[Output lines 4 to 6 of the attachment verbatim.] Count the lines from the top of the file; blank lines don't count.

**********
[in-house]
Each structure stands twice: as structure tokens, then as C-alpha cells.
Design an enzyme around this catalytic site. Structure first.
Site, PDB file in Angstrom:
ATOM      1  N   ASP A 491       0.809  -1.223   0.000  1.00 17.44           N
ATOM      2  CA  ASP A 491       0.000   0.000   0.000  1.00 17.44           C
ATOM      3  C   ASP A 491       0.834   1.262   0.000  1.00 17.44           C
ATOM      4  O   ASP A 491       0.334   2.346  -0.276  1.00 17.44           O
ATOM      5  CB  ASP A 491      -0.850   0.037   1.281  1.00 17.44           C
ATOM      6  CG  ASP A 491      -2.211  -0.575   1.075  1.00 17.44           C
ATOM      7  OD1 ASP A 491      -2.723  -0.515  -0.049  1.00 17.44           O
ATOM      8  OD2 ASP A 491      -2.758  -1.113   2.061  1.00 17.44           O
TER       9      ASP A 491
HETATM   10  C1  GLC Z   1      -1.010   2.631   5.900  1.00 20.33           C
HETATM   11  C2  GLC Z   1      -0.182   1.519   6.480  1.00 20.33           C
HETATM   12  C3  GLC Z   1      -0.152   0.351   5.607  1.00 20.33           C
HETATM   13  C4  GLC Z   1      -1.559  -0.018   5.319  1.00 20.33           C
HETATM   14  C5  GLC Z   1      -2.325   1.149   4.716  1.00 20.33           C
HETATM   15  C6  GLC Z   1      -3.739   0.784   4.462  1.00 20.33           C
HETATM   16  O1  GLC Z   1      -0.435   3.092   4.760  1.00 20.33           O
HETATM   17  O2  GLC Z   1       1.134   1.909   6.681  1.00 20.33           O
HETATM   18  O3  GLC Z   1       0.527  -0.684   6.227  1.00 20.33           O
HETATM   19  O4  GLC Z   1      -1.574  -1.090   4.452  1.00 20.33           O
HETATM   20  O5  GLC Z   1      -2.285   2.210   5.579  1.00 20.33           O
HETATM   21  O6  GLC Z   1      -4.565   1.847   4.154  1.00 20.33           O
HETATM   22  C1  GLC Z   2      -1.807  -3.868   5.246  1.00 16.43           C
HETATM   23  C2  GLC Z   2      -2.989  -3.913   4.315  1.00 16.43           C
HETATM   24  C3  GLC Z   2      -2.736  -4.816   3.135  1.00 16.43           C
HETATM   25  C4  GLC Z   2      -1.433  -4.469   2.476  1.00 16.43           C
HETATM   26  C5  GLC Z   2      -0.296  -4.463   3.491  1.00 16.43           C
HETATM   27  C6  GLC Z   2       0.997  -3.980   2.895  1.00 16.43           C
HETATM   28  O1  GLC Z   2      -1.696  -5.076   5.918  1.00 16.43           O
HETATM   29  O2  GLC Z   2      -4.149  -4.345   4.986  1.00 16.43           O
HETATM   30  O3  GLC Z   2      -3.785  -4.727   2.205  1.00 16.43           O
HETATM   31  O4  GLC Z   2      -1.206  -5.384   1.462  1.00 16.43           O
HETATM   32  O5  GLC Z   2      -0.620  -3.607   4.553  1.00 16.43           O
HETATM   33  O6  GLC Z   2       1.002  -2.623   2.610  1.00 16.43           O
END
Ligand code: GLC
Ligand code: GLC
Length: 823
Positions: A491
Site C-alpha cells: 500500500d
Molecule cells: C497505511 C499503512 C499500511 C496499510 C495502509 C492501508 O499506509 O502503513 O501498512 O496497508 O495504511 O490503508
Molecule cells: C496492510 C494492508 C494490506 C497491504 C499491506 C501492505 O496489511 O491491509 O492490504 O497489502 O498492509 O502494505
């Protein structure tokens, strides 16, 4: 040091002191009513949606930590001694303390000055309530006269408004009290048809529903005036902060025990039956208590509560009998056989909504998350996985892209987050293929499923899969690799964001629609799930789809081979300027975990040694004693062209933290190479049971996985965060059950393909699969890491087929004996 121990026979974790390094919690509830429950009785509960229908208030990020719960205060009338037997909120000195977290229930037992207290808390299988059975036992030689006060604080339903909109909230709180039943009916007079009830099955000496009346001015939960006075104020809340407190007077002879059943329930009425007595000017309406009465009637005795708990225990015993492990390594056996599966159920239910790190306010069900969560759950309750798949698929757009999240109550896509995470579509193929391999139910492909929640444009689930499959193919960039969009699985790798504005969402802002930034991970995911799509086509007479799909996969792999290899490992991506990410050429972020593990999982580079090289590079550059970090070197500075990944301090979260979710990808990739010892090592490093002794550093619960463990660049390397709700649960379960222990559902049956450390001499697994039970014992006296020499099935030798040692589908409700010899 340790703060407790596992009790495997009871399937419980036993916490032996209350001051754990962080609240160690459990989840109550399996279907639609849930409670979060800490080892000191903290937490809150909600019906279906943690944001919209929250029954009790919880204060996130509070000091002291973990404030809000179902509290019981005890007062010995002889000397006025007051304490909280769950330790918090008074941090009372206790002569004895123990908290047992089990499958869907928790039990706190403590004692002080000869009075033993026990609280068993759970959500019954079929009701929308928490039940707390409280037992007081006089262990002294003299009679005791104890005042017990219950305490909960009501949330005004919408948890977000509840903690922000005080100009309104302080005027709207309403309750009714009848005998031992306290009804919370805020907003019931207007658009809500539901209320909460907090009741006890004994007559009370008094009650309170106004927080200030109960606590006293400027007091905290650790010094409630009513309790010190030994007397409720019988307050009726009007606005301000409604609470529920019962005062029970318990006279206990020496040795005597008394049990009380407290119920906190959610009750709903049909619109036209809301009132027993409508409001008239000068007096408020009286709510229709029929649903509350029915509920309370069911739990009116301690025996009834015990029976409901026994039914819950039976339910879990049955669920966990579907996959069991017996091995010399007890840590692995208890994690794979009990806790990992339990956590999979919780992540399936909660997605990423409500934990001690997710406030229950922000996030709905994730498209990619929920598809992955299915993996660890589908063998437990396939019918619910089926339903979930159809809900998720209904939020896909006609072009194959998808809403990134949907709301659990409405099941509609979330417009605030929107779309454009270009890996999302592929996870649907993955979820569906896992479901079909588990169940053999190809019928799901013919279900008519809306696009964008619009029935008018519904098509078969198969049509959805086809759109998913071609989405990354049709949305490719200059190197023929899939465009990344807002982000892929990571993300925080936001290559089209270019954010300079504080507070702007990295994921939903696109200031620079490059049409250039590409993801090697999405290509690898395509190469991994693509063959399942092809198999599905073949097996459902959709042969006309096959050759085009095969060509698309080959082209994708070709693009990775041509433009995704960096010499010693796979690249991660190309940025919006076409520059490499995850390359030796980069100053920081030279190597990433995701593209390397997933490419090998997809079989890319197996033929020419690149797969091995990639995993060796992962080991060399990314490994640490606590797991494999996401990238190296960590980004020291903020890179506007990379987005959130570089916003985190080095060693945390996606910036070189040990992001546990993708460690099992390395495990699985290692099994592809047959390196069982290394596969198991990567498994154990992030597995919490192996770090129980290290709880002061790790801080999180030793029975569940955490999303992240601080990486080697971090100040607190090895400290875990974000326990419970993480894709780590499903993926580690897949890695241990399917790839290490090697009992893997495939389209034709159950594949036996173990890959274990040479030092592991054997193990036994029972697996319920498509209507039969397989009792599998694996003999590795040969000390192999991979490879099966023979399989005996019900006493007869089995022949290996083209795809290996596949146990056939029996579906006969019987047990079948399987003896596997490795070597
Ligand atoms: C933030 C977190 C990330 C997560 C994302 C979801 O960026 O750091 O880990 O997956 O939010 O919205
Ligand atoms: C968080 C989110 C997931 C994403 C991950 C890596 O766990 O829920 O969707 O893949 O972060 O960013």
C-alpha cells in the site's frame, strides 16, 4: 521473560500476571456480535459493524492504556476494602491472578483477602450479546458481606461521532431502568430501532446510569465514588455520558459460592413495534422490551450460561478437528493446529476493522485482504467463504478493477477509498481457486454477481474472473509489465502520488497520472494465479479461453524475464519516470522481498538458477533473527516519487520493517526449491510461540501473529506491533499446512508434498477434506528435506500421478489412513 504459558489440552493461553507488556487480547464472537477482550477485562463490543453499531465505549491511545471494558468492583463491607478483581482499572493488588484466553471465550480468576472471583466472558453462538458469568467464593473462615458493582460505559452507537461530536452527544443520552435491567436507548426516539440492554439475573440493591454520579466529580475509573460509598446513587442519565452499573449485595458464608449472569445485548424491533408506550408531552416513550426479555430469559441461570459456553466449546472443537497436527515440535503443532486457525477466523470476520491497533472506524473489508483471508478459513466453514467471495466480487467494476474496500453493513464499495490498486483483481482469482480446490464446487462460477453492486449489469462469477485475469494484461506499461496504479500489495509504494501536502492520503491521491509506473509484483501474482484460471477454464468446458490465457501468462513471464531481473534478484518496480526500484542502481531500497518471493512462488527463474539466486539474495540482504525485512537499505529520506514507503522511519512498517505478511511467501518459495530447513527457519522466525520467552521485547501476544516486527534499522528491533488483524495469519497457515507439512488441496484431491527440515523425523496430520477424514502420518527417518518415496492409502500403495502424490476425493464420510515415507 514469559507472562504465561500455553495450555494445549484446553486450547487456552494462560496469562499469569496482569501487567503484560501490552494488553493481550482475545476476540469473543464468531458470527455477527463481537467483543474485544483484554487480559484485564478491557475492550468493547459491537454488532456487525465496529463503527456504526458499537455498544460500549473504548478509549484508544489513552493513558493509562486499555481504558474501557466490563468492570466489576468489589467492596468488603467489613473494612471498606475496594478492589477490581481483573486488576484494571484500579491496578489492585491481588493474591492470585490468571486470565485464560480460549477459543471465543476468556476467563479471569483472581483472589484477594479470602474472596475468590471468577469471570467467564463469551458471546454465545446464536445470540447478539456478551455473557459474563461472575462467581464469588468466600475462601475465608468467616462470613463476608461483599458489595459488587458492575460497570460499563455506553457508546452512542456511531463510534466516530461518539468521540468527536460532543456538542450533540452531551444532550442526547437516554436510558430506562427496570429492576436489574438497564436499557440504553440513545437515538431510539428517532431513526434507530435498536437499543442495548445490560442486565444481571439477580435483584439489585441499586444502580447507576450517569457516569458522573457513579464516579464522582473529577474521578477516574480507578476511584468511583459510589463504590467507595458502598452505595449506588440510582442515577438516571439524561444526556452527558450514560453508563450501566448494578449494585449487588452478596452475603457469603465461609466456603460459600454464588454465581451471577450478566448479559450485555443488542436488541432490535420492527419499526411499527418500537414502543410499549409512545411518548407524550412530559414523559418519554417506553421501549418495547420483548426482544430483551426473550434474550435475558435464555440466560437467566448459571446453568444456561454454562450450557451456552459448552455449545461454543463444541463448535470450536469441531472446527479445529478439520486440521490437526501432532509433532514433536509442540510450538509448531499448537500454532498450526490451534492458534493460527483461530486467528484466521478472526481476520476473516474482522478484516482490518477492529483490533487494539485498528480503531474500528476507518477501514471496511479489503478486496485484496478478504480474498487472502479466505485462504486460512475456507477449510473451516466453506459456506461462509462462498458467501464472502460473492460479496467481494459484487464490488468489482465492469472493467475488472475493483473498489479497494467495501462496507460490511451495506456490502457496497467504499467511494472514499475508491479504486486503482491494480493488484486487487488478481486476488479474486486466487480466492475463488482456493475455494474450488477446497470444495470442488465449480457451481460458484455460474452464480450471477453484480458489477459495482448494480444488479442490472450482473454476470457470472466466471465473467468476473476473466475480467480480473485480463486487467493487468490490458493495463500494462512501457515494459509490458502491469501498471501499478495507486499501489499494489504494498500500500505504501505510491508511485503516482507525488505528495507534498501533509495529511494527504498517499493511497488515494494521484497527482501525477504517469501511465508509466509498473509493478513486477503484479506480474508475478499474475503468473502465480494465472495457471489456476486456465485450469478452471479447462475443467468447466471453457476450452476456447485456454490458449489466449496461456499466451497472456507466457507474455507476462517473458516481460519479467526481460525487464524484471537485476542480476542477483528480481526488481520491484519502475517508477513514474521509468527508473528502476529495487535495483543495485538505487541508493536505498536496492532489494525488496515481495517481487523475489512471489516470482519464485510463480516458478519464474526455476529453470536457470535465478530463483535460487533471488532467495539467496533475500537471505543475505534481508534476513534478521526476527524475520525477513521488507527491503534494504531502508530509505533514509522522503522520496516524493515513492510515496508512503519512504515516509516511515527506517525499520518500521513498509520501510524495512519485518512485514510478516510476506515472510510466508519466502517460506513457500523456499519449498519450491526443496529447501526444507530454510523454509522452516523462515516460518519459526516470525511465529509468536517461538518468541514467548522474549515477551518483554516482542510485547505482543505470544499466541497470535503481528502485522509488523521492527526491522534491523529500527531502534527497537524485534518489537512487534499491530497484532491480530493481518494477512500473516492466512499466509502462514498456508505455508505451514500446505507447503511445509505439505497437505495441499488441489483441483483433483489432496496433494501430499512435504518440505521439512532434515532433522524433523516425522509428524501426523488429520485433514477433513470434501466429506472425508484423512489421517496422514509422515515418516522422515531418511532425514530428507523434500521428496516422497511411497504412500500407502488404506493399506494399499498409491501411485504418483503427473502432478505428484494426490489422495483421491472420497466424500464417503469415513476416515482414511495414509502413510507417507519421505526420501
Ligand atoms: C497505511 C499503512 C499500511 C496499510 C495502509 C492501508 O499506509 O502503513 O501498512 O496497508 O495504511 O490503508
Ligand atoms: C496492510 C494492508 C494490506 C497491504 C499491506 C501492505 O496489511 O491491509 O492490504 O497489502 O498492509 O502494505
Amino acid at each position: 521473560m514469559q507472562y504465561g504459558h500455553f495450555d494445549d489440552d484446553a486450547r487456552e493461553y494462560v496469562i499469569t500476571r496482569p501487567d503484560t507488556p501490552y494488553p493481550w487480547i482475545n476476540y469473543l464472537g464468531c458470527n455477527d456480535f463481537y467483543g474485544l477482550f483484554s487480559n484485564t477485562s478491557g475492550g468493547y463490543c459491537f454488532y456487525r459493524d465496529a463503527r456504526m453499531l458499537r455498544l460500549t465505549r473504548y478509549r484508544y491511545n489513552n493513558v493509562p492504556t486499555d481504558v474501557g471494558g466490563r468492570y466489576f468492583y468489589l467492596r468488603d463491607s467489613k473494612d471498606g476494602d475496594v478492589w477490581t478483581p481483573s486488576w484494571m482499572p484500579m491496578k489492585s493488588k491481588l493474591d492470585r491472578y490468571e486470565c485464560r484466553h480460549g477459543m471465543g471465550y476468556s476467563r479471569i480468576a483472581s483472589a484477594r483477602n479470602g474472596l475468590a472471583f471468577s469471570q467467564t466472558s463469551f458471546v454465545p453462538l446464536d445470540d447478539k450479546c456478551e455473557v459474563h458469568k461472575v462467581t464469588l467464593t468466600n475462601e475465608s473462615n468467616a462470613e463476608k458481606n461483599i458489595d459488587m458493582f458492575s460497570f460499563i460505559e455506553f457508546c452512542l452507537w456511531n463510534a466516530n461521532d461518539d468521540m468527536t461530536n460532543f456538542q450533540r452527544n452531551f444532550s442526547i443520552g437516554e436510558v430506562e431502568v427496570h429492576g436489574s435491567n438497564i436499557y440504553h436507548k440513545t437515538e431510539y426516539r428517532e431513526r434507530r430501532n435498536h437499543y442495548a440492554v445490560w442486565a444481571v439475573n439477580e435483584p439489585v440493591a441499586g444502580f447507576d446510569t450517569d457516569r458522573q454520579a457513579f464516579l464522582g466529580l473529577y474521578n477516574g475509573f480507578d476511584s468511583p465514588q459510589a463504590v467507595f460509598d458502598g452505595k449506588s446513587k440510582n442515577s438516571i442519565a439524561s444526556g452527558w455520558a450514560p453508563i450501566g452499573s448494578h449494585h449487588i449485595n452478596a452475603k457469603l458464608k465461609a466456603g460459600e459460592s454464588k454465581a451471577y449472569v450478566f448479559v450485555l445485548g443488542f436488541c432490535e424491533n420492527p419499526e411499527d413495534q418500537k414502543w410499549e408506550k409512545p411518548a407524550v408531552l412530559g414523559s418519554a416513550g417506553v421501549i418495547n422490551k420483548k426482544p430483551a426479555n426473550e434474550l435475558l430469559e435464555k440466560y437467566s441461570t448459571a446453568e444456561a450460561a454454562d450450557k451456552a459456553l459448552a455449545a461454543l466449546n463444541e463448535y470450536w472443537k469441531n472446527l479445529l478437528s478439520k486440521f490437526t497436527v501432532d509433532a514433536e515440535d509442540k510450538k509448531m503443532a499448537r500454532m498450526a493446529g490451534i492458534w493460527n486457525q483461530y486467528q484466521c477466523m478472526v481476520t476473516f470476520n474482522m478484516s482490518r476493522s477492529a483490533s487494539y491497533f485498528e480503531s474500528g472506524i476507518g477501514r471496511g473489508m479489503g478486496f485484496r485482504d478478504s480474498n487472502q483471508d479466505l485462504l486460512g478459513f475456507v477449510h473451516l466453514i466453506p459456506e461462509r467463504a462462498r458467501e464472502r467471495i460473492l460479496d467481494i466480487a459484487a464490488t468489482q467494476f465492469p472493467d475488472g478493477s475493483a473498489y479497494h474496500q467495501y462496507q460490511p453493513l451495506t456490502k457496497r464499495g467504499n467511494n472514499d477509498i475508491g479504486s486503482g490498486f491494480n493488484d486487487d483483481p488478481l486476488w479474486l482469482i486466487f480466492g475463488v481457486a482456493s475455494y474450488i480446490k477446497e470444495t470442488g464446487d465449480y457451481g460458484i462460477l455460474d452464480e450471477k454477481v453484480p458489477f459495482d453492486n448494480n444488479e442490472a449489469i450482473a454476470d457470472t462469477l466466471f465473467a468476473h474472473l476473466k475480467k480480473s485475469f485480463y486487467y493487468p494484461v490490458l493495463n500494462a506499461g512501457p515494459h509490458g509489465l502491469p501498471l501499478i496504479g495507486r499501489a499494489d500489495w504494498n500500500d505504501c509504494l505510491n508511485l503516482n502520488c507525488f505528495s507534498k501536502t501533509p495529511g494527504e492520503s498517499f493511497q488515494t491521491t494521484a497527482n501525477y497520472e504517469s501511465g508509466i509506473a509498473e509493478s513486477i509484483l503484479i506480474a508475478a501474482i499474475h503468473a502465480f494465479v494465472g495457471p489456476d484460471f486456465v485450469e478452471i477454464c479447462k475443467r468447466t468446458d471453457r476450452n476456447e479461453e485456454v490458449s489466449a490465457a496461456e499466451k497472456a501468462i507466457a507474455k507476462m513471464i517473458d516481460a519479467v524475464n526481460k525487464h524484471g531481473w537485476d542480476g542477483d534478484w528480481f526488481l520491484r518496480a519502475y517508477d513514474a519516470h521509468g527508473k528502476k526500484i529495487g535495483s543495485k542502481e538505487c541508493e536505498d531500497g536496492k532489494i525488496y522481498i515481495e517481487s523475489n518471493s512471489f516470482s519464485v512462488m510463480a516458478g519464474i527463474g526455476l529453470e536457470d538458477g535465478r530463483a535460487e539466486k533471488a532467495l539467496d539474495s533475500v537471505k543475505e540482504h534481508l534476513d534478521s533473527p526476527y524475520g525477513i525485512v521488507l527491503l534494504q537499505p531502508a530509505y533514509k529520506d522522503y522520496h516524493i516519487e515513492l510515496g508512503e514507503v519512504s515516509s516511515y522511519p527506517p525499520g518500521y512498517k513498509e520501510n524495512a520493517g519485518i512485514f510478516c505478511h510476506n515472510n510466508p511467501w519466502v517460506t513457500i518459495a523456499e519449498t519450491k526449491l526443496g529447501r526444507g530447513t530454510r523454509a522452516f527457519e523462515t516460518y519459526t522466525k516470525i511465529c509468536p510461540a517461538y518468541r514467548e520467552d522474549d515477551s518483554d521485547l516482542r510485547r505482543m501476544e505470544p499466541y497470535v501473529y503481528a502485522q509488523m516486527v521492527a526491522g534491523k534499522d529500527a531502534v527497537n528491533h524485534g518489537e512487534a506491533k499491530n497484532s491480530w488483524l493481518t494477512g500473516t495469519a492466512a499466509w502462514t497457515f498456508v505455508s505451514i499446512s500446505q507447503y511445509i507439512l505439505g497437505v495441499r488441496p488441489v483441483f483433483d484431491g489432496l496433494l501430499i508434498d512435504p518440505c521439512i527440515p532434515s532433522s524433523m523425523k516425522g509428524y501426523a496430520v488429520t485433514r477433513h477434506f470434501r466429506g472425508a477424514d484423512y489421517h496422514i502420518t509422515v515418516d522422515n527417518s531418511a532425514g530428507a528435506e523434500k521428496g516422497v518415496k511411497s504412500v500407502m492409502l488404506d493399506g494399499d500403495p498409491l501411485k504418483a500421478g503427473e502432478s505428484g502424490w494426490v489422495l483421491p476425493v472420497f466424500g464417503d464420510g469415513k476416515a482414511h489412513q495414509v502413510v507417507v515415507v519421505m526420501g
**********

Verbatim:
Site, PDB file in Angstrom:
ATOM      1  N   ASP A 491       0.809  -1.223   0.000  1.00 17.44           N
ATOM      2  CA  ASP A 491       0.000   0.000   0.000  1.00 17.44           C